I have the pleasure of interacting with business and IT leaders on a regular basis. At times I am asked to evaluate a company’s IT organization and provide feedback. When failures are observed they often go back to what I refer to as the three Cs: Commitment, Communication, Capability.
Too many IT organizations have adversarial relationships with the rest of the business. Sometimes you will find these IT teams secretly investing in projects “behind the back” of the business, running with their own priorities instead of the ones that the rest of the organization has. The excuse for the behavior is generally that the business does not understand the importance of the “secret” project and that IT will be thanked later….
Unfortunately, the truth is that leadership, or the lack there of, is the core problem. Business and IT leaders must come together as leaders of the overall company, not leaders of their individual organizations, and agree to invest their finite resources in the same direction. This is critical for success. If you find these secret projects underway it generally comes down to one these problems:
- The CIO cannot effectively articulate the importance of these technology projects in relationship to the other business projects.
- The CIO has effectively communicated the importance of the technology investments. However, in relation to the other business priorities they still fall short.
- The CIO is an effective communicator but the other executives simply do not value IT projects. This is actually fairly rare.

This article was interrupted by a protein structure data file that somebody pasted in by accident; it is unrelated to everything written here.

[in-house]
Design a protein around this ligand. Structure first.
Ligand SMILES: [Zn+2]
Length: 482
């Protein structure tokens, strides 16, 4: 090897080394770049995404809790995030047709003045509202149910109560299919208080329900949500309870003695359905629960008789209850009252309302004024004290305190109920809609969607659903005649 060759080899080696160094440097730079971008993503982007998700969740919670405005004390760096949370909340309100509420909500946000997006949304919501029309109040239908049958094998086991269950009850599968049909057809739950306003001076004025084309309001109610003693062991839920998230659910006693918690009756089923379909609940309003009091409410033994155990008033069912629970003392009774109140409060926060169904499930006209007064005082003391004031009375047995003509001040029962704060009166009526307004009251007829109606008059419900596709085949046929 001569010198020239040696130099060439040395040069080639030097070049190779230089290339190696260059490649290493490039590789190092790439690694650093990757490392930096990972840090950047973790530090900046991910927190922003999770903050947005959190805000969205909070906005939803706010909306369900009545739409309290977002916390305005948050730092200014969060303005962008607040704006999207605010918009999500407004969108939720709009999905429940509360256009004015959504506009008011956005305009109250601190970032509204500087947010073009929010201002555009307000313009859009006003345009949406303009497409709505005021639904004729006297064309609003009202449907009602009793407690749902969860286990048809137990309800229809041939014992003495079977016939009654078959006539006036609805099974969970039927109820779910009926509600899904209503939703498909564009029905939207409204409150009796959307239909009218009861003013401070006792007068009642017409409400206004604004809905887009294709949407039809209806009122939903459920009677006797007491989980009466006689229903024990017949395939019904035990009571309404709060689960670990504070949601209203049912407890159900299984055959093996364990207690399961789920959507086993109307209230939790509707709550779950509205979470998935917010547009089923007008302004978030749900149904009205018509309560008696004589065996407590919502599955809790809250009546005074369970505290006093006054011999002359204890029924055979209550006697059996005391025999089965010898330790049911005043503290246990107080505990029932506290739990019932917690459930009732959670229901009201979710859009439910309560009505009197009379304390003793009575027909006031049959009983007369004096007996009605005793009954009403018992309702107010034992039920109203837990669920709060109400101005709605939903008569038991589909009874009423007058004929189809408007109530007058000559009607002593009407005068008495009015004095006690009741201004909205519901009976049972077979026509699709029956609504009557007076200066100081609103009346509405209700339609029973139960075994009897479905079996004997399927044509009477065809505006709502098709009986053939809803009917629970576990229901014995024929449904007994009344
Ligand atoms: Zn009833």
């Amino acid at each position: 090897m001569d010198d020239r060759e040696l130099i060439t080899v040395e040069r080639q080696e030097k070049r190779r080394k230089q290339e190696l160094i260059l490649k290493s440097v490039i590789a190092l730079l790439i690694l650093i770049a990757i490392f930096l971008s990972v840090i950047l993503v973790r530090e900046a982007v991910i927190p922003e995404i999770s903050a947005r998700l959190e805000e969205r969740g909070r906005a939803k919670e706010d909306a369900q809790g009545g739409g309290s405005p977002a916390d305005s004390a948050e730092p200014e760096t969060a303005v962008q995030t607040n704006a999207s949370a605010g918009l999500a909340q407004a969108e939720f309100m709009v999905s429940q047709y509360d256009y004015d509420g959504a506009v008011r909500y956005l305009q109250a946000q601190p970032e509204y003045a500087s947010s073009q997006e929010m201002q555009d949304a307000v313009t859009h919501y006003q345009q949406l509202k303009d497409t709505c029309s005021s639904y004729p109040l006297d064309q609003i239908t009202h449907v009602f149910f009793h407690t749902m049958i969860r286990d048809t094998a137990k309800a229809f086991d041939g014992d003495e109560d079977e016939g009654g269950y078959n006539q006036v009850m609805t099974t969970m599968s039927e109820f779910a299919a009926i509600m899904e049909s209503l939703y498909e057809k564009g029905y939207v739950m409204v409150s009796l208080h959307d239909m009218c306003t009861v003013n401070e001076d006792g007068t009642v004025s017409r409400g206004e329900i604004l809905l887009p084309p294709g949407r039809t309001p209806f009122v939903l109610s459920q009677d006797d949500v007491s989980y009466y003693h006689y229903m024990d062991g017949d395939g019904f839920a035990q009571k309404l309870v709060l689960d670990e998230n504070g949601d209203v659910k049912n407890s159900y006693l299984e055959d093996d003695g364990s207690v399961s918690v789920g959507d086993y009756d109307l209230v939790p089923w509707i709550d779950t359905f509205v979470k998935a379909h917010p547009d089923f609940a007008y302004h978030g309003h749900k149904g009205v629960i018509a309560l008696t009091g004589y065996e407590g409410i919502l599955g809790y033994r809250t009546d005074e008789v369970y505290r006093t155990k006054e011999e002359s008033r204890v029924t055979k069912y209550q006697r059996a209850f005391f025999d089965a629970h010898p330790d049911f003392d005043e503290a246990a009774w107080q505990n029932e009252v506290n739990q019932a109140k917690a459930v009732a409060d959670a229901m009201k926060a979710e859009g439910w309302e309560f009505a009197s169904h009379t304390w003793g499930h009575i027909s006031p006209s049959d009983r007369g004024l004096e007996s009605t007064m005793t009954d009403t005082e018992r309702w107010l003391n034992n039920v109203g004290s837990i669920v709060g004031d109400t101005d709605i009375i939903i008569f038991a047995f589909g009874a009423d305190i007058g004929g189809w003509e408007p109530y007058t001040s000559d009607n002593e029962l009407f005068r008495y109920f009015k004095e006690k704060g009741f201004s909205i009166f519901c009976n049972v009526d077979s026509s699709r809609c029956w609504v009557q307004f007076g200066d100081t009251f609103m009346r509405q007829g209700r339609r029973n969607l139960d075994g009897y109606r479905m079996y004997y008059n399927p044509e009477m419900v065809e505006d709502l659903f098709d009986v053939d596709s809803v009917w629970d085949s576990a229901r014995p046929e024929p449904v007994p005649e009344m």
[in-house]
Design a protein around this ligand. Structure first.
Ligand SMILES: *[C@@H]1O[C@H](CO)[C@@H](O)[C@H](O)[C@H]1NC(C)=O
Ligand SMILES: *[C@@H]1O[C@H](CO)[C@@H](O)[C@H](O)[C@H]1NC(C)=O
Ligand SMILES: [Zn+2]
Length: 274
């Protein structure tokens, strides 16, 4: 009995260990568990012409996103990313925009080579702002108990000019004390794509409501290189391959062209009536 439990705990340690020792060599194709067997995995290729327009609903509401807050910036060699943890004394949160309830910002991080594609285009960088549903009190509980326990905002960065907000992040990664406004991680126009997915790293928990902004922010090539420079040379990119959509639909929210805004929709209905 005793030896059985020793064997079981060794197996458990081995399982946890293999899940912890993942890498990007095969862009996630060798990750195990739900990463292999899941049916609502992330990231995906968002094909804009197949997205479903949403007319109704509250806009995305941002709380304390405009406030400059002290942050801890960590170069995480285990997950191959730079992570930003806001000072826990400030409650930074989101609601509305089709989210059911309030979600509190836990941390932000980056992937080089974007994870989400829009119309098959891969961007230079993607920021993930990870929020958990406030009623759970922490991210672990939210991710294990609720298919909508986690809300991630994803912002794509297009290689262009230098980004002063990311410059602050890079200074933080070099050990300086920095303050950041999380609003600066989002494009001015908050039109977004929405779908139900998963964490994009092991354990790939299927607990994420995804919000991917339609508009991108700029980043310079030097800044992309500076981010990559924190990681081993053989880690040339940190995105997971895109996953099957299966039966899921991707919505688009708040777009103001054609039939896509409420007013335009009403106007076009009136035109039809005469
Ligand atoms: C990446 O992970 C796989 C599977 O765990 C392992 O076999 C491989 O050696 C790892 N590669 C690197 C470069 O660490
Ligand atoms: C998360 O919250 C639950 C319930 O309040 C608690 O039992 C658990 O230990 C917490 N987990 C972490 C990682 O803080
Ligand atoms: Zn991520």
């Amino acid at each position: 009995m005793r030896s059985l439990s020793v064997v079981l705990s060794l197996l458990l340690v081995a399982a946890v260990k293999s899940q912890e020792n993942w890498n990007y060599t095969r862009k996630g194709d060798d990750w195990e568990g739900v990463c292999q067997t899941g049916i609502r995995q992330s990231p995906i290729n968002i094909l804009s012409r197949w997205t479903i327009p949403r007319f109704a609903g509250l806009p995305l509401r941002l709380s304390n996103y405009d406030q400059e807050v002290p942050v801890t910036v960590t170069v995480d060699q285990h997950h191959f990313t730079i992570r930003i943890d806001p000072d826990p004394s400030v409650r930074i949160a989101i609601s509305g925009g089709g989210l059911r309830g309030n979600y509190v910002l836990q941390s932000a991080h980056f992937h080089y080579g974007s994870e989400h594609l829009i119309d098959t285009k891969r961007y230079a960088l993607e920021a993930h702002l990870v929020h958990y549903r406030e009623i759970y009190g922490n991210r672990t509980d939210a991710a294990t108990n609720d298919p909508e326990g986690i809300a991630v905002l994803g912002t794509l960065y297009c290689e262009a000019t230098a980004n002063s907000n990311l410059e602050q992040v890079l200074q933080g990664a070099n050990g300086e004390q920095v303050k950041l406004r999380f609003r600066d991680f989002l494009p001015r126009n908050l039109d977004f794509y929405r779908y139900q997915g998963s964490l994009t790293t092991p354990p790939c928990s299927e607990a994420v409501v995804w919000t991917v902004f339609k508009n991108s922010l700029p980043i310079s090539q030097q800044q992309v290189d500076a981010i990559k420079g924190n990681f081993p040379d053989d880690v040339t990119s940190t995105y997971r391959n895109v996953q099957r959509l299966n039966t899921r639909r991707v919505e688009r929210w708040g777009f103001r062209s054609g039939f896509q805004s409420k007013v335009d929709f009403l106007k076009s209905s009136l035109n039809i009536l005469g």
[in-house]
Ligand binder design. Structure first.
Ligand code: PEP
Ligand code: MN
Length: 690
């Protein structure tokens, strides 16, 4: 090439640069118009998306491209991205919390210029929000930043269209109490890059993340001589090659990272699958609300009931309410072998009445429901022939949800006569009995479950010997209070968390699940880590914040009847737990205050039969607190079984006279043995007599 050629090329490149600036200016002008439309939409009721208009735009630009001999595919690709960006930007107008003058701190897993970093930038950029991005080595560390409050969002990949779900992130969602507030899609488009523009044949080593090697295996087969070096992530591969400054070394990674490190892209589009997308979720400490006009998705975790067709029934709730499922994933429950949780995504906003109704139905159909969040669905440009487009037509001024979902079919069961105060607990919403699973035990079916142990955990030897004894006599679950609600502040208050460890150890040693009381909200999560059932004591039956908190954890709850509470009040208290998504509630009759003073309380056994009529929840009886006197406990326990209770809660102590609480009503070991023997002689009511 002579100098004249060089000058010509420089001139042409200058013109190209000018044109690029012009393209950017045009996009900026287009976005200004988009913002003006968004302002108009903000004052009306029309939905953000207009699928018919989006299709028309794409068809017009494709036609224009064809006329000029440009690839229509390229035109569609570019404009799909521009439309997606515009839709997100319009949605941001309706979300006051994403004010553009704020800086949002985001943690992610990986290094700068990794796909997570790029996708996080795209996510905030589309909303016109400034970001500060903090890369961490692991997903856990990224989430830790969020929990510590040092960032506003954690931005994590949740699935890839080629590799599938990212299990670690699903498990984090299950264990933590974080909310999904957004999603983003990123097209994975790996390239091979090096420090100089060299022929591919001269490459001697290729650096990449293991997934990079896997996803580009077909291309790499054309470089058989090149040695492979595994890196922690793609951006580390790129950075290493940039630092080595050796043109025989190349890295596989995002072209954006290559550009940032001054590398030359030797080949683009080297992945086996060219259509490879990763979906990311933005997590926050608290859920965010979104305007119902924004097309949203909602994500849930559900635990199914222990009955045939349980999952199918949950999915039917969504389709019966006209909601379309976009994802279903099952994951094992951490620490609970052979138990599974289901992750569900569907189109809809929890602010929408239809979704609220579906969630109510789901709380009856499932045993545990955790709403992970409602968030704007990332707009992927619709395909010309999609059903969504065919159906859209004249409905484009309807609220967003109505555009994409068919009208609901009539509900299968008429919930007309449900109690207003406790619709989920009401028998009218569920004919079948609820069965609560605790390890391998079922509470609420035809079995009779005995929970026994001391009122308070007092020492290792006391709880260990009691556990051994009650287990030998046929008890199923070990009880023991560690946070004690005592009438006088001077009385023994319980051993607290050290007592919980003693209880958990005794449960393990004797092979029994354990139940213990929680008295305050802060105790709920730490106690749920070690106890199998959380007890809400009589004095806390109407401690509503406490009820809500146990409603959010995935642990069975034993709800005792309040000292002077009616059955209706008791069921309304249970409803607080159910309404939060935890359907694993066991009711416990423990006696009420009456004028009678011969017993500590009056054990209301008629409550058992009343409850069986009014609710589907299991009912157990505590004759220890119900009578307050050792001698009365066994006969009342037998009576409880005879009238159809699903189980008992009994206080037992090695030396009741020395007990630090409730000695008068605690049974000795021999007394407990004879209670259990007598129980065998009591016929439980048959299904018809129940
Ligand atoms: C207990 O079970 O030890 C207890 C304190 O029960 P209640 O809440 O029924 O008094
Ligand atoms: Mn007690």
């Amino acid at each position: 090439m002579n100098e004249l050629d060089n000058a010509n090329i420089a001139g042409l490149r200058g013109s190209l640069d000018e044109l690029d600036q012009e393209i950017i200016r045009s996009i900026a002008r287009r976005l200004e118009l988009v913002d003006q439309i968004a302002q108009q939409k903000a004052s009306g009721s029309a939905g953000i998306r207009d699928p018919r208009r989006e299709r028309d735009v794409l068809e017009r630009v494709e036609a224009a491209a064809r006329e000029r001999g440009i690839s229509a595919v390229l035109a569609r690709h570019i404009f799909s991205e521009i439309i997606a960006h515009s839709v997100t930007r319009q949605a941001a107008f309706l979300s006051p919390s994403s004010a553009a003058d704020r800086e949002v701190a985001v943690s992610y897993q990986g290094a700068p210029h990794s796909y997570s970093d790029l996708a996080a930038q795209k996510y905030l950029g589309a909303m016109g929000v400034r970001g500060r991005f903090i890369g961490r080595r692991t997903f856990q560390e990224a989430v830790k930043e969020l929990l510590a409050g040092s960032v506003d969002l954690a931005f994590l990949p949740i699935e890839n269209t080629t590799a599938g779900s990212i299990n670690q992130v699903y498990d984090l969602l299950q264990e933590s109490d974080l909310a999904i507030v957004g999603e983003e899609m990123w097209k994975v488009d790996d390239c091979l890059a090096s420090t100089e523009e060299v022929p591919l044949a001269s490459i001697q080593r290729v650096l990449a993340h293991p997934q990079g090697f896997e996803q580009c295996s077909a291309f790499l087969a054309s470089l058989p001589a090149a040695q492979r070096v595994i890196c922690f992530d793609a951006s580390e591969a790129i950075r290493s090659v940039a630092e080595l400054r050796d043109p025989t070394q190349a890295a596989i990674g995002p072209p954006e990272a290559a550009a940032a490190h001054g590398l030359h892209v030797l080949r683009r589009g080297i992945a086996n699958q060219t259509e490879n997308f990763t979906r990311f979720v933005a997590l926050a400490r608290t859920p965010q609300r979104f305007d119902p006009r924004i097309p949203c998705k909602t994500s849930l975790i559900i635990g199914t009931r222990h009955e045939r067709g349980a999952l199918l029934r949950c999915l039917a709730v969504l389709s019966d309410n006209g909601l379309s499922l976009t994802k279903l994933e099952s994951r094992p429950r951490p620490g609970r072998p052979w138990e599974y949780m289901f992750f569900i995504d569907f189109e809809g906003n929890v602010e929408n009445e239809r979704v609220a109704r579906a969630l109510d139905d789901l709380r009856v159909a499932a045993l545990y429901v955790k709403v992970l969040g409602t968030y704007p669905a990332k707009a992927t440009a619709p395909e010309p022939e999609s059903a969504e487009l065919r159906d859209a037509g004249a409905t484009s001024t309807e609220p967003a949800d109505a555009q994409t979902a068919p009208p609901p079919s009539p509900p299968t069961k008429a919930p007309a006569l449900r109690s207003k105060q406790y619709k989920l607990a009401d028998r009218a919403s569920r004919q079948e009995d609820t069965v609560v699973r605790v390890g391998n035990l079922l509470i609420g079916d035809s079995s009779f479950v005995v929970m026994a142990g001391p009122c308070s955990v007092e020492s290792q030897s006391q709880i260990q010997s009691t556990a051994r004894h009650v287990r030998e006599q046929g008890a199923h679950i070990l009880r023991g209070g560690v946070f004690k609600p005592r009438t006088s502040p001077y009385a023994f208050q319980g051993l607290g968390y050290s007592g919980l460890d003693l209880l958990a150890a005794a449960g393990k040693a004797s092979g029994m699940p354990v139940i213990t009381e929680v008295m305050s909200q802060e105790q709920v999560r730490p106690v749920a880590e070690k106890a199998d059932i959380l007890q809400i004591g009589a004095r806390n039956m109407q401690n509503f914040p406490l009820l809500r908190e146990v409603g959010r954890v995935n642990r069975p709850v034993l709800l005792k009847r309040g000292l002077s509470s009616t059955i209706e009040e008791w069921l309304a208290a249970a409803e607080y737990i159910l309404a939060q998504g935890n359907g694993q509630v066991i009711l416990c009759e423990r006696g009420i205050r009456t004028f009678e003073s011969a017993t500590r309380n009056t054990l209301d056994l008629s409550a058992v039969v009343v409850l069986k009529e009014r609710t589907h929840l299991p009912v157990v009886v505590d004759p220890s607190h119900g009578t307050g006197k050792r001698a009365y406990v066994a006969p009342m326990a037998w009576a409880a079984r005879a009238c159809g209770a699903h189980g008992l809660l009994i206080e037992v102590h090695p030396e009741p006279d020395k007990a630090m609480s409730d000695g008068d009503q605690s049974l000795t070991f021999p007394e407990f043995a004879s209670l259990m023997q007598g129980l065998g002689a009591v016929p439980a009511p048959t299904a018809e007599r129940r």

In all of the examples above the right thing to do is to invest in the agreed upon priorities, not to invest in these “secret” projects. Organizations can only be successful if they are able to openly communicate and focus on agreed projects and goals. No matter how much you disagree with the direction, you are only adding to the likelihood of corporate failure if you go your own way.
This will often go hand in hand with commitment, or the lack thereof. The typical reasons for poor communications are often:
- Lack of commitment to the overall goals (see above). I see too many organizations that stop communicating about key projects. In one case I literally had e-mails and phone calls ignored because I was asking about the status of a priority project (in another company) and the IT people did not feel it was their priority, so they ignored my questions. In the end the problem was resolved but it was painful.
- Lack of knowledge. This goes hand in hand with capability (see below). When you do not understand what is going on you tend to avoid talking about it. Too often this is a reality when people are promoted beyond their capabilities.
Capabilities, the know-how to solve problems, is sometimes the cause for failure as well. In my personal experience this is less of an issue than the leadership challenges discussed above but it will sometimes be a part of the problem. When you think you have issues in regards to capability, find out:
- Are there training issues? If you’re dealing with people failing to follow processes it is often a training issue.
- Are their morale/performance issues. Are people actually capable but lack motivation? We all know how to deal with these cases, seek improvement but know when the situation cannot be resolved.
- Are you resource challenged? In other words, do you need more people? Sometimes the people in the organization are capable, you simply need to hire more people to fill in gaps.
What issues have you seen in your organization or in others? What would you add?